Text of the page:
I found z4root on xda-developers to be exceedingly simple to root this phone with pretty much a one-touch root process.  Of course there are inherent dangers in rooting your phone, so the usual disclaimer applies, especially with a one-click root process where you, the script kiddie, may not understand what it is that you’re doing to your phone.  After the A688 is rooted and a custom bootloader installed, it was time to load a custom recovery (I used koush’s clockworkmod recovery).  It wasn’t immediately obvious to me which device this A688 falls under, but a trip to Google came back with the hint of Commtiva Z71 Varient.  I loaded CM 7.0.3.1 and a custom boot splash that I cooked up, and all was done within 3 hours of getting my hands on this poor device.

I have since flashed back and forth between Vibo’s 2.1 ROM and CM7, and find that user experience to be superior on CM7 with ondemand governor and  600MHz/122MHz max/min freq.  Because of the dismal amount of available RAM, I have had to do away with many apps I had grown accustomed to on the EVO 4G, or the system would start killing processes when switching among multiple apps.   I didn’t try to tinker with CMPart’s setting to lock home in momory or decrease VM heap size, so your mileage may vary.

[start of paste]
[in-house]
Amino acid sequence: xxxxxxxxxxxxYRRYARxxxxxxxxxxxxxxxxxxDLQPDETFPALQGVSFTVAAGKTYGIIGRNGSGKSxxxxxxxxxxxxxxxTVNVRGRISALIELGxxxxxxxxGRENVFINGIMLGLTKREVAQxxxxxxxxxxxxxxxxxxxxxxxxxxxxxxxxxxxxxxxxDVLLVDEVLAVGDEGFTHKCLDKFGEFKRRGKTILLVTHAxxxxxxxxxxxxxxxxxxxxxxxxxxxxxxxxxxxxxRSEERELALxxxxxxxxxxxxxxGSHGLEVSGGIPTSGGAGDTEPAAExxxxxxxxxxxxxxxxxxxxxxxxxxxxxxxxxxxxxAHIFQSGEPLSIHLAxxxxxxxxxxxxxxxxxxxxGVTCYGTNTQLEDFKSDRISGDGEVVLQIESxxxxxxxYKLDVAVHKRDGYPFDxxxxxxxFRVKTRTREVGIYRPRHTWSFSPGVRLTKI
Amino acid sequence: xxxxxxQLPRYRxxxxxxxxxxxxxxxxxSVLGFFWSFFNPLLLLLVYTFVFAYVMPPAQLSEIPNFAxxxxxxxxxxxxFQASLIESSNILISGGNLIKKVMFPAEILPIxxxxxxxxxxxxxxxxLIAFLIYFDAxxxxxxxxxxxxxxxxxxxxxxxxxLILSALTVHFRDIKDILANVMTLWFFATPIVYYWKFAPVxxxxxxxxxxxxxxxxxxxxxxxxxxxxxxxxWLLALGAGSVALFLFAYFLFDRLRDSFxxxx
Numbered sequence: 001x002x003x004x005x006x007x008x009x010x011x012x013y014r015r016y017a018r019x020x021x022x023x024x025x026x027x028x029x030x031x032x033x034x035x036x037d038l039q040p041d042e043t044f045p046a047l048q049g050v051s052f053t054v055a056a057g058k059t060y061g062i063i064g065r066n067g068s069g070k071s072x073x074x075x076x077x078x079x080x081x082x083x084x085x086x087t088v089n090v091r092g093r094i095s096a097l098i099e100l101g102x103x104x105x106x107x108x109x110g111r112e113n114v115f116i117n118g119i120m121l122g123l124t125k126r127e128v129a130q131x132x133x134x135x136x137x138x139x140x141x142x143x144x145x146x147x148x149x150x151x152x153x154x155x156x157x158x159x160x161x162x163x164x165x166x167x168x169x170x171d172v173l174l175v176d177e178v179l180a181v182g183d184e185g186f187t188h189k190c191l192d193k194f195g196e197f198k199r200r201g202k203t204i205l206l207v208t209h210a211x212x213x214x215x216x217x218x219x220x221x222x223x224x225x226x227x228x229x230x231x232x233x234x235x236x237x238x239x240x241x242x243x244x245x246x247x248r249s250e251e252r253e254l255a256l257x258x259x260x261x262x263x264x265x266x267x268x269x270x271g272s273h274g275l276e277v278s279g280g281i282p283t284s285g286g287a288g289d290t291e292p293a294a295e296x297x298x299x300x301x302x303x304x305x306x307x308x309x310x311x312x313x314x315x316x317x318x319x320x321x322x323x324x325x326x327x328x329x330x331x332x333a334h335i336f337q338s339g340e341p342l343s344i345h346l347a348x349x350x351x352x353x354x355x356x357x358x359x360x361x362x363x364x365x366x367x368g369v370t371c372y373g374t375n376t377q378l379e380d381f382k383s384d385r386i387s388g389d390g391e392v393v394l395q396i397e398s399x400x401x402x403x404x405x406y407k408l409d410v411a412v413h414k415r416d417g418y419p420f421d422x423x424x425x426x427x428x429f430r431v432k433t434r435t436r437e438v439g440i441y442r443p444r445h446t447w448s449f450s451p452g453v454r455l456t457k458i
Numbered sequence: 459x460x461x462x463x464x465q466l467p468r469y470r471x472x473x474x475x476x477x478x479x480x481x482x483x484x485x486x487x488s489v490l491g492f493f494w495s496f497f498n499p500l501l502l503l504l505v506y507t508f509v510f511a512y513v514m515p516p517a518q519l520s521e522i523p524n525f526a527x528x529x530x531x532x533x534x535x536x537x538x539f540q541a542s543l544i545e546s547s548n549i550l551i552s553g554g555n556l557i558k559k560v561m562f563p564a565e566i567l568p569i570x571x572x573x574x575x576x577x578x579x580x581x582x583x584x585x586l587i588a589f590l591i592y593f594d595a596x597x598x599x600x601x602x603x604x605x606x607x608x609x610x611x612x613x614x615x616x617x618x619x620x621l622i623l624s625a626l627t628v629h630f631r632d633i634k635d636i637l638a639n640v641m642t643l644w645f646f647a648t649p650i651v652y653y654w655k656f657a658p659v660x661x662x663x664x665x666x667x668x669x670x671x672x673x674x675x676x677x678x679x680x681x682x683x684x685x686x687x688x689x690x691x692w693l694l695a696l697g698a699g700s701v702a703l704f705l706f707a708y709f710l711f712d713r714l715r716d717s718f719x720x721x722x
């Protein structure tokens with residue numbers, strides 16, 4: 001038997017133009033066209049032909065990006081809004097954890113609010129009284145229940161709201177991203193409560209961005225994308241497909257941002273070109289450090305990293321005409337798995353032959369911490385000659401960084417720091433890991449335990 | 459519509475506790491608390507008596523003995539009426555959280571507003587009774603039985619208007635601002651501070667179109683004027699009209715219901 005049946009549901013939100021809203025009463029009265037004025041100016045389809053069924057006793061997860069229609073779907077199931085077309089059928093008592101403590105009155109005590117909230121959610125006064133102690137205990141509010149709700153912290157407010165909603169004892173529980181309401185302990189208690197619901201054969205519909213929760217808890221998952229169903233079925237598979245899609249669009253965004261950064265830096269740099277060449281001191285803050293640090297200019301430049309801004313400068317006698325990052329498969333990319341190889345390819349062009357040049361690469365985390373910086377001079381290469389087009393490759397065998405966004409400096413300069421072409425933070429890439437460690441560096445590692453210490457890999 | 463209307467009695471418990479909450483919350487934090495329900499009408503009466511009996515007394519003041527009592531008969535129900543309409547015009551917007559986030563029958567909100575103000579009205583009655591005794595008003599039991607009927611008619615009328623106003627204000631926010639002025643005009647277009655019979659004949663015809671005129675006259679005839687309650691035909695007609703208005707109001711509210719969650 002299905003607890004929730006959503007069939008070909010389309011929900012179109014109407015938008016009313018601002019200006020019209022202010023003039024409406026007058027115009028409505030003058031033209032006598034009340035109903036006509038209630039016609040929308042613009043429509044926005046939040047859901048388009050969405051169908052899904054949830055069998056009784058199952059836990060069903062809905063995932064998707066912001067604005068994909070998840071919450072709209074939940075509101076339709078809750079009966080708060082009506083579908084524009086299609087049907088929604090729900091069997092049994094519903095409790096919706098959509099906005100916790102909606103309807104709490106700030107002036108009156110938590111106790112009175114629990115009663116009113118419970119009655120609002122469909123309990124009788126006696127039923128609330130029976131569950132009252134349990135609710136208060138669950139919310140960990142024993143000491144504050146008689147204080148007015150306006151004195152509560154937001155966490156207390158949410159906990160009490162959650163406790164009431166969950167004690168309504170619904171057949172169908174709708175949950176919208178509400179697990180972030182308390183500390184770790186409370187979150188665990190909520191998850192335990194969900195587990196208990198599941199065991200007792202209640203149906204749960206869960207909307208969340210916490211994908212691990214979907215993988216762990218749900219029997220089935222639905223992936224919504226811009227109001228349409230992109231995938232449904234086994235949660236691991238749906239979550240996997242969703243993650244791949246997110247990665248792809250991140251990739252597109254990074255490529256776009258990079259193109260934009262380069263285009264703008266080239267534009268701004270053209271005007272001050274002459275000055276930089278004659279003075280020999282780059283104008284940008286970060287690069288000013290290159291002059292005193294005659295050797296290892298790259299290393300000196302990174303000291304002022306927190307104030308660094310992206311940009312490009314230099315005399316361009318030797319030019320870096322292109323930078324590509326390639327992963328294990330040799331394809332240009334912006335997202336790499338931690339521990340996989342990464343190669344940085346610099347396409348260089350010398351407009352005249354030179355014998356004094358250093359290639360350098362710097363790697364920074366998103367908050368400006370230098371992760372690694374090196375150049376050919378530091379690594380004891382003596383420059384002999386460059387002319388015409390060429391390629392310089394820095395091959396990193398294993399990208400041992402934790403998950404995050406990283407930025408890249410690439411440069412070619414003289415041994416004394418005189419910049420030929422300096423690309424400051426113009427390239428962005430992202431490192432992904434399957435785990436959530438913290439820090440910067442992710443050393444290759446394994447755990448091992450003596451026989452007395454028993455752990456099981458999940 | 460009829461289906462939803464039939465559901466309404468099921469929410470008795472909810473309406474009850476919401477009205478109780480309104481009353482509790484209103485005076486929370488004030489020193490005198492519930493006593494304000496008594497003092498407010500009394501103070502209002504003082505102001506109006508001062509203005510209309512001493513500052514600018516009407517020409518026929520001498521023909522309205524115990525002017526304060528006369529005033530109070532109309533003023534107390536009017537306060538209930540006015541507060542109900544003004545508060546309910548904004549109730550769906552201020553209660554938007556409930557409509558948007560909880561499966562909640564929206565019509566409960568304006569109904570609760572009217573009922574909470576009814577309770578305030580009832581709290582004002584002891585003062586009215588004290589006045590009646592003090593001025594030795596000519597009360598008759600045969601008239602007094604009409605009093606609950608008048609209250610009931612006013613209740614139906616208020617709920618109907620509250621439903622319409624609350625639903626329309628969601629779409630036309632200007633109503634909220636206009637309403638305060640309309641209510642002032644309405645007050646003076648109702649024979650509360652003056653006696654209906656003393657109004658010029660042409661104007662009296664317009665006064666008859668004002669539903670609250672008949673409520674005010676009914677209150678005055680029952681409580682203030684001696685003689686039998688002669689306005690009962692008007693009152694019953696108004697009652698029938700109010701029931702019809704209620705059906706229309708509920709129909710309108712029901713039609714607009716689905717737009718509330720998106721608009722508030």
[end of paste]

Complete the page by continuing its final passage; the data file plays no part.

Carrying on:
*Update May 23, 2011 15:10 GMT*
I enabled Compcache pursuant to this post, and have found marked improvement in available memory without noticeable performance hit.  Granted that I’ve only just turned it on an hour ago, but the difference seems obvious for my use case.  I’m using 18% of the RAM as Compcache, and find a corresponding increase in available RAM.  I expect more drain on the battery, but I’ll report back once I have more time playing with this setting, so stay tuned.

A few gripes-

So far, I have had problems with the SD card being unmounted by itself at random times.  I’m not sure if it’s a defective card or something else.  Coming from the EVO 4G with 1GHz snapdragon, A688’s MSM7227 (also by Qualcomm) definitely is quite a bit slower.  It is especially annoying  when using Google Maps to navigate around Taipei’s crisscrossing streets.  I’ve missed innumerable turns while the phone struggles to keep up with my location.

Anyway, that’s all for now.  I’ll try to post some screenshots and updated links in a few days.

Screenshoots-

Peter